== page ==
Let’s look at the good bits first. First, Cyanogen’s overall look retains much of the DNA of the version of Android (5.1.1) it’s built upon. The lockscreen, notifications panel and default apps have all been left untouched, which is something rarely seen on Android skins.
Also, for the most part, the rest of the stylistic changes are decent additions. I like having more freedom to add extra icons to my homescreen, choose whether or not to have the search always visible, and mess about the scroll effects. It’s like having a third-party launcher built right in.
I’m not a fan of the default vertical view for the app drawer, however, but this can easily be changed to something more familiar.
There’s a pretty substantial theming engine at work here, enabling you to customise icons and colours system-wide. It works as advertised, although the selection is pretty poor and you need to set up a dedicated Cyanogen account before you can even view the choices on offer.
Alongside the usual array of preinstalled Google apps, there are a few Cyanogen options that are worthy of mention.
Boxer is your alternative for email. It has a sleek UI and some pretty decent options for burning through your unread chats. Audio FX alters some of the tuning for music, but doesn’t appear to make any real-world difference, and the browser will probably take the place of Chrome for most users.
There are also some useful privacy features available in Cyanogen 12.1. Privacy Guard lets you restrict apps access to your personal data, and there are a variety of tools with which you can shake up your password and pins to make them more secure.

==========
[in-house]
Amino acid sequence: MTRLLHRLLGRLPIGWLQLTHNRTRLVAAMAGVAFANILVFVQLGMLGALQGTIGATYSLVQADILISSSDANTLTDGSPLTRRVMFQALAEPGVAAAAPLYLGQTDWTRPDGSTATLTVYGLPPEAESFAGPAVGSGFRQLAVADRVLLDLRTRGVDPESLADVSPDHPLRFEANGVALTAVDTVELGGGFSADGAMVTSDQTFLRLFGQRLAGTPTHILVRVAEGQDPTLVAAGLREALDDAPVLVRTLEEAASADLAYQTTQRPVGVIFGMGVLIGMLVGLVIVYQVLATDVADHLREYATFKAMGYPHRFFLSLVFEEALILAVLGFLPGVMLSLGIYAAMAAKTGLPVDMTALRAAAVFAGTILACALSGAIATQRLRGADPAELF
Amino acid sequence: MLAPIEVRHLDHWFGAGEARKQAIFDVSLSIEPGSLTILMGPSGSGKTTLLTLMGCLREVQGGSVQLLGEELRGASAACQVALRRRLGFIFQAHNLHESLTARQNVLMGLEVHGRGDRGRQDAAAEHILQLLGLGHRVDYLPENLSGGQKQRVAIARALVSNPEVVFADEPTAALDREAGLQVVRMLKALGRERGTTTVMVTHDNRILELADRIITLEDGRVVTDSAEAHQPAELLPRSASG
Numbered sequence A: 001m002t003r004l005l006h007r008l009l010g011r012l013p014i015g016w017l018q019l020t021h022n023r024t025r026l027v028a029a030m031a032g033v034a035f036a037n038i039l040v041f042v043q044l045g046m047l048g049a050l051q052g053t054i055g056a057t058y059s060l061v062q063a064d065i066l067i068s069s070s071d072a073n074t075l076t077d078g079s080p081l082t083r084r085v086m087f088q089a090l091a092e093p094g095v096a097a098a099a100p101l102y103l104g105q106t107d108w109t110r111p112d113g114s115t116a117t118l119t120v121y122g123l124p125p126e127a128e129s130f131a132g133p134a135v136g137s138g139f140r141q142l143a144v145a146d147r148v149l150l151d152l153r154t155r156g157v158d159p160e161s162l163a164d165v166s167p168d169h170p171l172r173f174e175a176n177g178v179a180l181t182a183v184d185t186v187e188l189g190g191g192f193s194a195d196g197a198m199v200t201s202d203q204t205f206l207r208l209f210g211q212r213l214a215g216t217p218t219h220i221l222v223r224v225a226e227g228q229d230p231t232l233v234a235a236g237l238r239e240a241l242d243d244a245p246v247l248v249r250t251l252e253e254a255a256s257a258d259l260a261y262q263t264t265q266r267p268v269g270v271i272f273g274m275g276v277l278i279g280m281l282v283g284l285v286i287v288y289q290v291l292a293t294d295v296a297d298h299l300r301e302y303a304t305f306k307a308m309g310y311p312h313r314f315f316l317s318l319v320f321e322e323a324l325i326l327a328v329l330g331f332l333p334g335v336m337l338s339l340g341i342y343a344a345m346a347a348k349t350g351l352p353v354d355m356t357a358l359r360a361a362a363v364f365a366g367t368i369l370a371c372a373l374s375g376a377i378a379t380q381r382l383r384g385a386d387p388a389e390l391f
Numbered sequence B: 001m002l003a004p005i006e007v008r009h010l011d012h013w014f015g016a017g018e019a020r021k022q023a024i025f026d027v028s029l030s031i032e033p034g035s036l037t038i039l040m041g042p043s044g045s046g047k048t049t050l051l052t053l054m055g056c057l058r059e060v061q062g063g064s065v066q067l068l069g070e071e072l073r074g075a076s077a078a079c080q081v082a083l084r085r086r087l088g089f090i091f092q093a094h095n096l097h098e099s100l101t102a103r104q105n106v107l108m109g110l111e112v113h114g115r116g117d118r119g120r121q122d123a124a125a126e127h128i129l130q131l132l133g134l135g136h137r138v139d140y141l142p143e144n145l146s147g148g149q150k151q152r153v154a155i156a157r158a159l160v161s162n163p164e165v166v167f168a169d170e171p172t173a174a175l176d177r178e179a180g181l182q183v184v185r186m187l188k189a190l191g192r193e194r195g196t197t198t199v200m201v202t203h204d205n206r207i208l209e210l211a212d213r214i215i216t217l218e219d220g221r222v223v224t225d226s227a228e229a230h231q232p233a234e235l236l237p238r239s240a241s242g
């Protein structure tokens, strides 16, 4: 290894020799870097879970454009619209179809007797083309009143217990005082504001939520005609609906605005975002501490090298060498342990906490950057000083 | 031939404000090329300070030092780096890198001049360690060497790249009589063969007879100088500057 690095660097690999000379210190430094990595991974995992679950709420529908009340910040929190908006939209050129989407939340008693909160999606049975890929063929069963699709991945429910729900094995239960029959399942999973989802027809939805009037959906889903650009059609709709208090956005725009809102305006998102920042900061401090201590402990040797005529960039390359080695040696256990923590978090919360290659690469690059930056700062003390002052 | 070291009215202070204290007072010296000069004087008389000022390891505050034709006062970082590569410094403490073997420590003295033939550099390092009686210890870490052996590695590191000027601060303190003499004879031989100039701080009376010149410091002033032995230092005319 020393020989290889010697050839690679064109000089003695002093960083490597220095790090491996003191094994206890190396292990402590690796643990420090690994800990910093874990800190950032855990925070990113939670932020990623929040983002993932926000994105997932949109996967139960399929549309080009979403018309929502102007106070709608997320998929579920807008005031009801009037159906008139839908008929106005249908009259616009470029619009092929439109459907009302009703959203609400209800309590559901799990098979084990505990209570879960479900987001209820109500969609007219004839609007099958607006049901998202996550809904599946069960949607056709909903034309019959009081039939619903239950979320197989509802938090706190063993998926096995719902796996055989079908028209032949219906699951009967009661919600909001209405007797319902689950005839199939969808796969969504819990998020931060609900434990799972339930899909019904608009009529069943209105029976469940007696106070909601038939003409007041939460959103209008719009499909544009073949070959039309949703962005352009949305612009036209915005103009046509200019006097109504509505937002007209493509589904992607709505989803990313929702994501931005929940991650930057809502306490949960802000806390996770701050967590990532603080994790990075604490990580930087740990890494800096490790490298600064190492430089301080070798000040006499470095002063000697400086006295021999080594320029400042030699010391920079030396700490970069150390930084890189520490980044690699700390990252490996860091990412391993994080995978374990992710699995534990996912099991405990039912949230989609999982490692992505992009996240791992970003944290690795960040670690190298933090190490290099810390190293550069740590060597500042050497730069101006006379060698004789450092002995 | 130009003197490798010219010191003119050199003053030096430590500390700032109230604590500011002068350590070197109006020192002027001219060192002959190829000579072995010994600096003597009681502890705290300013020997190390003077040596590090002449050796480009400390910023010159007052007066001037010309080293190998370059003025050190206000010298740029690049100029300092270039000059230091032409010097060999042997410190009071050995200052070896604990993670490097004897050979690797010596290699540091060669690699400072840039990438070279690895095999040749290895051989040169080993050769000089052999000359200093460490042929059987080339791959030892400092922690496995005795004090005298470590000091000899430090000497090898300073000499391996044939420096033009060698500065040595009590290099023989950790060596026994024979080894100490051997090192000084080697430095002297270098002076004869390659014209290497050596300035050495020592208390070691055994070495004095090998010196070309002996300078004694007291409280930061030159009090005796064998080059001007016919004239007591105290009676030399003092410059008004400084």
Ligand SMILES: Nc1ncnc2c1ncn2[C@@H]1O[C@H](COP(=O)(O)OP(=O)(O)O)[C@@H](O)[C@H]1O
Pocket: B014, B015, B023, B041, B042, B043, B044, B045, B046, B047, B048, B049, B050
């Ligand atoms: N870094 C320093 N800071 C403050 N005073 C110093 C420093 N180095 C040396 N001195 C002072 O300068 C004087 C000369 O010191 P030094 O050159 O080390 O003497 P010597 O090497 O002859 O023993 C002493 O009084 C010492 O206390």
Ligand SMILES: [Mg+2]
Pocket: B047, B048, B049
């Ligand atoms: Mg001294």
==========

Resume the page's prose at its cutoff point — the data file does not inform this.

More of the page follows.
It isn't all good news, however. Since Cyanogen alters so much at the system level of Android, updating it to the latest version will take some time. Many phones are finally starting to get a taste of Marshmallow; there haven't been many rumblings about when it might be coming to the Aquaris X5, however.
And what about the next version of Android, which will no doubt be coming later in 2016? It’s a lottery as to whether this phone will ever see that update.
Slow animations are another sore point for the software. Whether you're opening folders or apps, there’s just a fraction too much movement – and it soon becomes noticeable and annoying.
Performance on the whole is perfectly acceptable for a budget phone, however.
Running the show is a Qualcomm 412 CPU, an Adreno 306 GPU and 2GB of RAM. There’s 16GB of storage too, plus microSD expansion (up to 32GB) to bump that up if you so wish. In other territories it's possible to pick up a 32GB version that pops an extra 1GB RAM into the mix too – but it doesn’t appear as if O2 will be carrying that.
The fairly low-end processor manages to perform the majority of everyday tasks with ease. You’ll have no trouble browsing Chrome, checking your email or playing a spot of Candy Crush. Things fall down a little with more intensive games – Asphalt 8 struggles with numerous frame-rate drops and painfully long loading times, while Hitman: Sniper is nearly unplayable.
Running the usual suite of benchmarking apps, the Aquaris X5 picks up a multi-core score of 1,619 on Geekbench, which puts it on a par with the Moto G (2015) but below the Wileyfox Storm (2,228). On AnTuTu it scores 28,989, which is higher than the Moto G (2015).
As far as sound is concerned, the bottom-facing speaker is fine. But it can easily become blocked due to its positioning – and I wouldn’t recommend it for listening to your Spotify Discover Weekly playlist. It’s loud enough for a morning alarm, however.